Course Description:
The course covers theory and methods for digital signal processing
including basic principles governing the analysis and design of
discretetime systems as signal processing devices. Review of
discretetime linear, timeinvariant systems, Fourier transforms
and ztransforms. Topics include sampling, impulse response,
frequency response, finite and infinite impulse response systems,
linear phase systems, digital filter design and implementation,
discretetime Fourier transforms, discrete Fourier transform, and
the fast Fourier transform algorithms.
Repeatability:: This course may not be repeated for additional
credits.
Prerequisites:: ECE 3522  Minimum Grade of D 
May not be taken concurrently.
Course Overview:
The field of Digital Signal Processing (DSP) continues to evolve
and play a central role in modern electronics. In fact, DSP is so
ubiquitous that the field is somewhat disappearing as a discrete
entity. Many systems today, such as IMAX, HDTV, mp3 players,
Internet audio and video, and Voice over IP, use powerful DSP
concepts as their foundations. DSP is a logical extension of
Signals and Systems in which we take a comprehensive view of
discretetime systems. The course covers the essential elements of
a DSP system from A/D conversion through powerful statistical
modeling algorithms. This course includes both theory and practice
with an emphasis on how to implement efficient algorithms in
C/C++. We begin with a discussion of basic DSP concepts such as
sampling and discretetime signal representations. We the discuss
traditional topics such as transforms and filter design. We
conclude with a discussion of implementation issues. An integral
part of the course are computer assignments designed to reinforce
theoretical concepts. MATLAB is is used as well to rapidly
prototype algorithms. C/C++ is used to understand how to
efficiently implement algorithms.
Course Learning Objectives (CLO):

Identify the signals and systems (SO A)

Apply the principles of discretetime signal analysis to perform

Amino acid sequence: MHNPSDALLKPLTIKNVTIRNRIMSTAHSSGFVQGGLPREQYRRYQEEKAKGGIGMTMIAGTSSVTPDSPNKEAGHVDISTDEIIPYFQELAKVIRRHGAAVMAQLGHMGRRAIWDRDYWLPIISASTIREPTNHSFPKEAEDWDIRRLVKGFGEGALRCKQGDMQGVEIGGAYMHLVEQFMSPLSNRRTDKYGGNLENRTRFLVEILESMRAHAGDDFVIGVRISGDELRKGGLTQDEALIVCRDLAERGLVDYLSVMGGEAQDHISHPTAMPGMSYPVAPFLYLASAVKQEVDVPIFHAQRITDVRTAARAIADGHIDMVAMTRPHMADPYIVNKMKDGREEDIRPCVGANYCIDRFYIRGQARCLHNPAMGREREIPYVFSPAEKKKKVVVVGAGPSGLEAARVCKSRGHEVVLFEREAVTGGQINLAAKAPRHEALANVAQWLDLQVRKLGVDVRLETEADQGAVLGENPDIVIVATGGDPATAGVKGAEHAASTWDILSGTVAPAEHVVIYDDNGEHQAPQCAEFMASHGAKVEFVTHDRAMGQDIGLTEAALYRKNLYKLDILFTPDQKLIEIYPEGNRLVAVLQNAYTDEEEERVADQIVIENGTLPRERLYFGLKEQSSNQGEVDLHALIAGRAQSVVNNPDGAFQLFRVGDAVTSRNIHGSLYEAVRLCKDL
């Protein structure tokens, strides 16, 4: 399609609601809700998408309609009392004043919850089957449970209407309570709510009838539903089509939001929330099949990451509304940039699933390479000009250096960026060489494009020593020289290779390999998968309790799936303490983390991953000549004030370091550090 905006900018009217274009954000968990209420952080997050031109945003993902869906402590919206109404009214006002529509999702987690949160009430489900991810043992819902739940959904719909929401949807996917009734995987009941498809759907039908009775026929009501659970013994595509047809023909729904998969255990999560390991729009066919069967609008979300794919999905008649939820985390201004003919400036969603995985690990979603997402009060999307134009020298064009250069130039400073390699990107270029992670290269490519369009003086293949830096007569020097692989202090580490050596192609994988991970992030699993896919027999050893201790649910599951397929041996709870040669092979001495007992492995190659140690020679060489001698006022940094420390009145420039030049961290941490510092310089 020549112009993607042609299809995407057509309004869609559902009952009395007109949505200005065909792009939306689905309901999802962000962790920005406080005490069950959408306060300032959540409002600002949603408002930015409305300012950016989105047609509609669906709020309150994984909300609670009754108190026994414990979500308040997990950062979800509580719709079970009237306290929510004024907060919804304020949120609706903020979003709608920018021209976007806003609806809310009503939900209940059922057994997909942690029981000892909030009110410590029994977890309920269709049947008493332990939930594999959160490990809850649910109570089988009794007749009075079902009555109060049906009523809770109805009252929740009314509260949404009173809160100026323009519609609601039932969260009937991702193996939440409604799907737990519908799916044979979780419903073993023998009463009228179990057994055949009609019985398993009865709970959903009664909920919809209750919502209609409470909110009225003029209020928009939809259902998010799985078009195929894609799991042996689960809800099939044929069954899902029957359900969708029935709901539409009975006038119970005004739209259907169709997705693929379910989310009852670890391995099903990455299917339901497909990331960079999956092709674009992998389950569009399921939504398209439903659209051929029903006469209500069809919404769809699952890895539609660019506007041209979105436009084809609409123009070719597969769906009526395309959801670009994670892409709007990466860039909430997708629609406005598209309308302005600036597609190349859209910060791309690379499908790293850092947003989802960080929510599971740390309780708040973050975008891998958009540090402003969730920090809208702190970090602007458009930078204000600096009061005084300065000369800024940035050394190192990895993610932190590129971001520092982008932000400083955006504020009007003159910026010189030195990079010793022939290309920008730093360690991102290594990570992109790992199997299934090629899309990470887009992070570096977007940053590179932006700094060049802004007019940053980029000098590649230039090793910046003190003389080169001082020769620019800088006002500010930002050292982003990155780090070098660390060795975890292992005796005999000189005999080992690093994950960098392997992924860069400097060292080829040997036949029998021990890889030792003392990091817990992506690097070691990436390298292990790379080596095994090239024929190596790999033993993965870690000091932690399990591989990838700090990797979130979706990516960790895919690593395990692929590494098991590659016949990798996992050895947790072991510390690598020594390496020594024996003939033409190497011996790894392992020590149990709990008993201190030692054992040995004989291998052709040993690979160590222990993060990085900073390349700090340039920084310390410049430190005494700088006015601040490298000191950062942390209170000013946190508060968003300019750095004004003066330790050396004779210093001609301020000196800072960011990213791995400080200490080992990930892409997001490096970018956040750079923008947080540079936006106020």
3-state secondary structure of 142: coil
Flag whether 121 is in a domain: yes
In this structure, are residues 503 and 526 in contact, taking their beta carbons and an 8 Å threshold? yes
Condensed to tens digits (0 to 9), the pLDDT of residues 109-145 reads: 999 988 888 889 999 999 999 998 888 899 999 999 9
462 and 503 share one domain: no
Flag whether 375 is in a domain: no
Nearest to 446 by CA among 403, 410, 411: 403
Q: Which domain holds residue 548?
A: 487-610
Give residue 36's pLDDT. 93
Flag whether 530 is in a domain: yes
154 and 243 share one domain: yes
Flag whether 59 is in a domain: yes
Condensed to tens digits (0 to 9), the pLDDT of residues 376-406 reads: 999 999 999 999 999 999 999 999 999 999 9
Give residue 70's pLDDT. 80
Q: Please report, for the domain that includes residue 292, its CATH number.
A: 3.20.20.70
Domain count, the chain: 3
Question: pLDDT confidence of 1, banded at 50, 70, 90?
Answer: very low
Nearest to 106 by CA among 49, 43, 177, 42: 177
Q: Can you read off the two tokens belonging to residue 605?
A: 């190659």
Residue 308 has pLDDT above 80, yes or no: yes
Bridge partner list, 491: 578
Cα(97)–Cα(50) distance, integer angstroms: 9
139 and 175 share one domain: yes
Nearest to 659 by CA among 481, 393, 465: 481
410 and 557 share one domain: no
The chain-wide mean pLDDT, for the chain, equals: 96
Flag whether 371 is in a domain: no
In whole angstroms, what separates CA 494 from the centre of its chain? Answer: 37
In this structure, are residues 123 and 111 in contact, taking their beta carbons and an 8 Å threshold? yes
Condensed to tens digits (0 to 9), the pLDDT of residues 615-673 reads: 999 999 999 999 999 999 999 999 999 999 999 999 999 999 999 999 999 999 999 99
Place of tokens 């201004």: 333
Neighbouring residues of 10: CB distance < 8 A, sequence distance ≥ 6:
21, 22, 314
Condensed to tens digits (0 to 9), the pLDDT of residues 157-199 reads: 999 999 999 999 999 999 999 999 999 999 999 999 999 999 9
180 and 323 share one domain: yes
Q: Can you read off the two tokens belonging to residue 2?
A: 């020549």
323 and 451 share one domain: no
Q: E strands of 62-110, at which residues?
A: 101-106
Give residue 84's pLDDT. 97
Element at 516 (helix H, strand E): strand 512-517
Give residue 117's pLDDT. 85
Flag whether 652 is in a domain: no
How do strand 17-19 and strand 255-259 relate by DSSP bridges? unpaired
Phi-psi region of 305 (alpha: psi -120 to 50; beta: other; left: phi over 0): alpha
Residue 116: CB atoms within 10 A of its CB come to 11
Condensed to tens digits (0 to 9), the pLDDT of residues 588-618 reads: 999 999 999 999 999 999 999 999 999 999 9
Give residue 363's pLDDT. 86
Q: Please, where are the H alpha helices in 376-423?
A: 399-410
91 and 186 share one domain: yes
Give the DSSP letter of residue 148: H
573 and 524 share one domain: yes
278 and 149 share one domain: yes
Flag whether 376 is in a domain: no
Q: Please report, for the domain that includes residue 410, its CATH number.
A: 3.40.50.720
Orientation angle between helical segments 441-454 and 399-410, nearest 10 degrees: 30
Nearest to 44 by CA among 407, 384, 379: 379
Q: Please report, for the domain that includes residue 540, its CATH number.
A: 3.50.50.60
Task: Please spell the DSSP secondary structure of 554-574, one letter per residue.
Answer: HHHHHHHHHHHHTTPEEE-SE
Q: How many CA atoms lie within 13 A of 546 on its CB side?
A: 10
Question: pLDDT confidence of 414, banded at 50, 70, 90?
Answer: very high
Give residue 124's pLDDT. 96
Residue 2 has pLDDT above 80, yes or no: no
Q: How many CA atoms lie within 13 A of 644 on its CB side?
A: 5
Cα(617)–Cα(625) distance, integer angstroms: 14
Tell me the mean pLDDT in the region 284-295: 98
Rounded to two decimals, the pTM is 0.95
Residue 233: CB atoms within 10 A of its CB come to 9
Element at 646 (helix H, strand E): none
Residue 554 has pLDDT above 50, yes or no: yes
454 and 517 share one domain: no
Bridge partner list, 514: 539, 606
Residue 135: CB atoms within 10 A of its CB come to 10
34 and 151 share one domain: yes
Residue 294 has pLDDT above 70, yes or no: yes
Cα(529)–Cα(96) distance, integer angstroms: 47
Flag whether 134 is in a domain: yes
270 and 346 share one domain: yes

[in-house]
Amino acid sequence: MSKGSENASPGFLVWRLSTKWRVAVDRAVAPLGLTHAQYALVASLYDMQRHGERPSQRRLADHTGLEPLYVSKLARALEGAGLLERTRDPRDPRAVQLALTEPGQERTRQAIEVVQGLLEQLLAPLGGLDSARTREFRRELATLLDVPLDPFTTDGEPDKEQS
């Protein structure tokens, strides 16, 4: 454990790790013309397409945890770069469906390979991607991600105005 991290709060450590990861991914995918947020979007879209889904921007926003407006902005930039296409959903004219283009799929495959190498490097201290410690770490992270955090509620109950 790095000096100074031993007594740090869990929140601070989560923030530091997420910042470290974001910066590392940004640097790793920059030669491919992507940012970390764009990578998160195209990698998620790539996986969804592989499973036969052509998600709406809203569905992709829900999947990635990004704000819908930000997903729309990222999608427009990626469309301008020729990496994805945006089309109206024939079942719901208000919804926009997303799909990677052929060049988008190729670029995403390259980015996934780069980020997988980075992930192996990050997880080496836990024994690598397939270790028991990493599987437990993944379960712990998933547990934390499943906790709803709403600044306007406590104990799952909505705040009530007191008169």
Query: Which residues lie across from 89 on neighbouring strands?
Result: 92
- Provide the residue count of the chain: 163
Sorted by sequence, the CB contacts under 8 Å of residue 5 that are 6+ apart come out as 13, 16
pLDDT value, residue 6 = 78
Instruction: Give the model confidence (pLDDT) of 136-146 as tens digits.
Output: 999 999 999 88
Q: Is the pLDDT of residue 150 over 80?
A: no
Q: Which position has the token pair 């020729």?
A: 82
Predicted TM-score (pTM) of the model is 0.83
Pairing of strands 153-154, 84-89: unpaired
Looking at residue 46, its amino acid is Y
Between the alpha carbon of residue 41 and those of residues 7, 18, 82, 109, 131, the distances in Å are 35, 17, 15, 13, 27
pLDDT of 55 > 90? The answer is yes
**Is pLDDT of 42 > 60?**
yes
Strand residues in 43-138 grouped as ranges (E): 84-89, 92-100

various signal operations (SO A, E)

Apply the principles of ztransforms to finite difference
equations. (SO A, E)

Apply the principles of Fourier transform analysis to
describe the frequency characteristics of discretetime signals
and systems (SO A, E)

Apply the principles of signal analysis to filtering (SO A, C, E)

Use computer programming tools to process and visualize signals (SO K)
Student Outcomes (SO):
 SO A: Ability to apply current knowledge and applications
of mathematics, science, engineering and technology
 SO C: Ability to creatively design a system, component
or process to meet desired needs within realistic constraints
such as economic, environmental, social, political, ethical, health
and safety, manufacturability, and sustainability
 SO E: Ability to identify, formulate, analyze and
solve technical and engineering problems
 SO K: Ability to use the techniques, skills and modern
technical tools necessary for technical or engineering practice
Course Topics: Refer to the SOs above to understand how these
topics relate to our stated student outcomes.

Classification of discretetime signals and systems,
convolution (CLO 1, 2)

Discretetime Fourier transform (CLO 4)

LTI systems, Impulse response and frequency response (CLO 2)

Finite difference equations, and z transforms. (CLO 3)

Sampling of continuoustime signals.(CLO 2,4,5)

Digital filter structures, block diagrams, signal flowgraphs, and
basic FIR digital filter structures (CLO 2, 4, 5)

Ideal filters, FIR and IIR filters, filter design (CLO 2, 4, 5)

Discrete Fourier transform (CLO 4)
Questions or comments about the material presented here can be
directed to